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All in the Family

Published on: Mar 30, 2022
 By: The New Dentist
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Does dentistry run in your family?

For Drs. Steve Frost, Maria Lopez Howell and Sinead McEnhill, it certainly does. They all have strong family ties to dentistry and saw, from a very young age, the many benefits the profession provides. To them, there really wasn’t any other option: they were meant to be dentists.

These clinicians have dads, aunts, uncles, brothers, sisters, cousins, nephews, nieces, even spouses and in-laws, who chose the same profession—giving them a built-in support system of people who understand their career choice and what it takes to be a successful dentist. That network, combined with the strong role models who sparked their interest in dentistry, has played a role in shaping their careers and helping them achieve the success they know today. 

Growing up dental

There are 13 dentists in Dr. Howell’s family, including her aunt, cousins, uncle, sister and her husband. It all started back in the 1950s with her aunt and then her uncle, who her dad sent money from Texas so he could afford to go to dental school in Mexico.

Dr. Howell credits her aunt with getting her interested in dentistry, and remembers visiting the office in a small border town in Mexico. It sat on the second floor, above one of her grandfather’s businesses and adjacent to the family’s primary house quarters. Dr. Howell and her cousins would play in the reception area, which is where they were first introduced to dentistry. Eventually, Dr. Howell and her sister started interacting with the patients, translating for them when necessary.

Of the six girl cousins who spent so much time in that reception area, four of them are now dentists, including Dr. Howell and her sister. Not only that, four of the nine family dentists married dental school classmates.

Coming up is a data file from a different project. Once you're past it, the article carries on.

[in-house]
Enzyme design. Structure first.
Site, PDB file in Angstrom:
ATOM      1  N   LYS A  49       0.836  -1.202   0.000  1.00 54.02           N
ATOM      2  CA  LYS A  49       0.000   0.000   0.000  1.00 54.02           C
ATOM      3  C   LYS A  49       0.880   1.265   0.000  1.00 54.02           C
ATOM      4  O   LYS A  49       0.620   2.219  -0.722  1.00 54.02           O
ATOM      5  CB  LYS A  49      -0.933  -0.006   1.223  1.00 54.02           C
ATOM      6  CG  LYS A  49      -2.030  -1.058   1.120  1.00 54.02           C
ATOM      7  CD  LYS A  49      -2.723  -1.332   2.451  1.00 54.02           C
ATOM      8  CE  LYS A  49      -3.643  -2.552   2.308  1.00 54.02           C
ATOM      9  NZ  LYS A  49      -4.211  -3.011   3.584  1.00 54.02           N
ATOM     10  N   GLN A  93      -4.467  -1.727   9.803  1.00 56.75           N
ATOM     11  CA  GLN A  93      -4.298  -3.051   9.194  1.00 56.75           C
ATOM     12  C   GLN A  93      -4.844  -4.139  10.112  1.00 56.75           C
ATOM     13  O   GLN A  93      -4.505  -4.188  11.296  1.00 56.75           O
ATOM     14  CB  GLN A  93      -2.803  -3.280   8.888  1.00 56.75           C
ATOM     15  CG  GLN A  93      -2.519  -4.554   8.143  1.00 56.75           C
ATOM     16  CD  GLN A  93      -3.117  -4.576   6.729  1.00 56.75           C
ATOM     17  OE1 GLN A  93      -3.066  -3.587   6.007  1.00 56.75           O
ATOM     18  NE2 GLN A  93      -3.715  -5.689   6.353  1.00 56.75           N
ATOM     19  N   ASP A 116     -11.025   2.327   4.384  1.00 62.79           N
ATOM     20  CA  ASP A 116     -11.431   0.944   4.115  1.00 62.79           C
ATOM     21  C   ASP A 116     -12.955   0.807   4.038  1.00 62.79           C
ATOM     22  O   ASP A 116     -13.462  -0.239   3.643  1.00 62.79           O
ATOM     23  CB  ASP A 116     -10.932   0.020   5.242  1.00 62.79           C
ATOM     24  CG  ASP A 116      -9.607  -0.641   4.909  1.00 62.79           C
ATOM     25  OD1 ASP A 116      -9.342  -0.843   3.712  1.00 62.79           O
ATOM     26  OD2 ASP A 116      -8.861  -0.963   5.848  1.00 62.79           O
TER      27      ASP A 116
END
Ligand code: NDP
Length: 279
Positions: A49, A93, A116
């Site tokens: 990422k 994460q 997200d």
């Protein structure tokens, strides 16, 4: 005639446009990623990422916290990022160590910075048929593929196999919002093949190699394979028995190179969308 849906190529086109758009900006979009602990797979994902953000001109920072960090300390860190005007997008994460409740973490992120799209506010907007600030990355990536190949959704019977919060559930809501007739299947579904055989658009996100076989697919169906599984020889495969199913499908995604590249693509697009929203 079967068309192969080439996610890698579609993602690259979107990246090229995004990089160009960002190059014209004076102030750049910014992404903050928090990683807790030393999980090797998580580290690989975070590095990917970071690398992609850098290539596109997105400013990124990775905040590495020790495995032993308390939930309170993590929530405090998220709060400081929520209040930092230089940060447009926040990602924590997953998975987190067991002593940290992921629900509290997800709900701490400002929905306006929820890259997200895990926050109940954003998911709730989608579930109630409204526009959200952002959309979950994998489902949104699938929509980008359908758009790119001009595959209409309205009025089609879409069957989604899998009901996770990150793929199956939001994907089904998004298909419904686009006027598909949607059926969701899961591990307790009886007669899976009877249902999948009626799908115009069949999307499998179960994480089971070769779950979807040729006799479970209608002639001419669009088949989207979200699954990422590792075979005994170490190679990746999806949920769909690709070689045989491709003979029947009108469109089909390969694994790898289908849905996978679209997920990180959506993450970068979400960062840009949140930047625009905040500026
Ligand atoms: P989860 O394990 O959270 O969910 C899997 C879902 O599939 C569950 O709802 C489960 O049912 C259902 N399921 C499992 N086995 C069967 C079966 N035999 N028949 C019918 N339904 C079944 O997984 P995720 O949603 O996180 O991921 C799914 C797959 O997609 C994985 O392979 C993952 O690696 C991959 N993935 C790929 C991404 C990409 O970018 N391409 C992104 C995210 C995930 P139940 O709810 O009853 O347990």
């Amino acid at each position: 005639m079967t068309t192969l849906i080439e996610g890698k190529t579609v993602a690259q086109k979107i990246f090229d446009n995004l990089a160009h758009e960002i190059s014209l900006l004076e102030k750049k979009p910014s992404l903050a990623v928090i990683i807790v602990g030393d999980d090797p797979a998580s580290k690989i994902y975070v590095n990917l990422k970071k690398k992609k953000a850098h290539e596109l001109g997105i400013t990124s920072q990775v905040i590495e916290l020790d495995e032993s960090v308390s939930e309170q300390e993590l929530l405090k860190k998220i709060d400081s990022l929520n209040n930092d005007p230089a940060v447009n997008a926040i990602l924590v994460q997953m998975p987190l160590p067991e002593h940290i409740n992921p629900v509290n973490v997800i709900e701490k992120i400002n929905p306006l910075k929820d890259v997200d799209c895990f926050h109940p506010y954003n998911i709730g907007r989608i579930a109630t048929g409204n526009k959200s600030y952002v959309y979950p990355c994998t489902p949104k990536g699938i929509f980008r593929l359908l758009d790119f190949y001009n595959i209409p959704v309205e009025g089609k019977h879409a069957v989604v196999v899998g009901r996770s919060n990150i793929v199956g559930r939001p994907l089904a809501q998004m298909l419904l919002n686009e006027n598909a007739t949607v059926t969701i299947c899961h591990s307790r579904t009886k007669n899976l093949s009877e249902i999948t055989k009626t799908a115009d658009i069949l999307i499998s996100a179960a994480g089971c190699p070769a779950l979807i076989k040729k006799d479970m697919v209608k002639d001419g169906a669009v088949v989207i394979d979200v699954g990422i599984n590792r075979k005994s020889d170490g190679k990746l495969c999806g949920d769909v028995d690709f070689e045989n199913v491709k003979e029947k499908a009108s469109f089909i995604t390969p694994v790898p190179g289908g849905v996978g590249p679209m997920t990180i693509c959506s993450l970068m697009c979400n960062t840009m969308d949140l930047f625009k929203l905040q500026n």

“My amazing aunt was ahead of her time. She truly loved what she did and we all wanted to be like her,” Dr. Howell said. “When you see someone really happy with what they’re doing, and you love and respect that person, I think there is something within you that makes you want to emulate that person.”

Dr. Frost and his identical twin brother also grew up around someone who loved being a dentist: their dad. They saw the benefits a career in dentistry afforded, including the fact their father pretty much set his own schedule. He could take off when he needed to, and never missed any of their events. The brothers also loved the fact their father was always helping people, and found the service element an attractive part of the profession.

They went to their first dental convention when they were 14, Dr. Frost said, and got to see the different products and “everything related to helping people change their smiles.” That’s when they knew for sure they’d follow in their father’s footsteps. Today, Dr. Frost is a successful endodontist and works about a mile away from his brother, who is an orthodontist.

“Our father was a really great dentist for 40 years and was a great example of what can take place when you give a profession 100 percent effort,” Dr. Frost said. “Our dad made such an impact on others. We looked at that and said hey, we want to be like him.”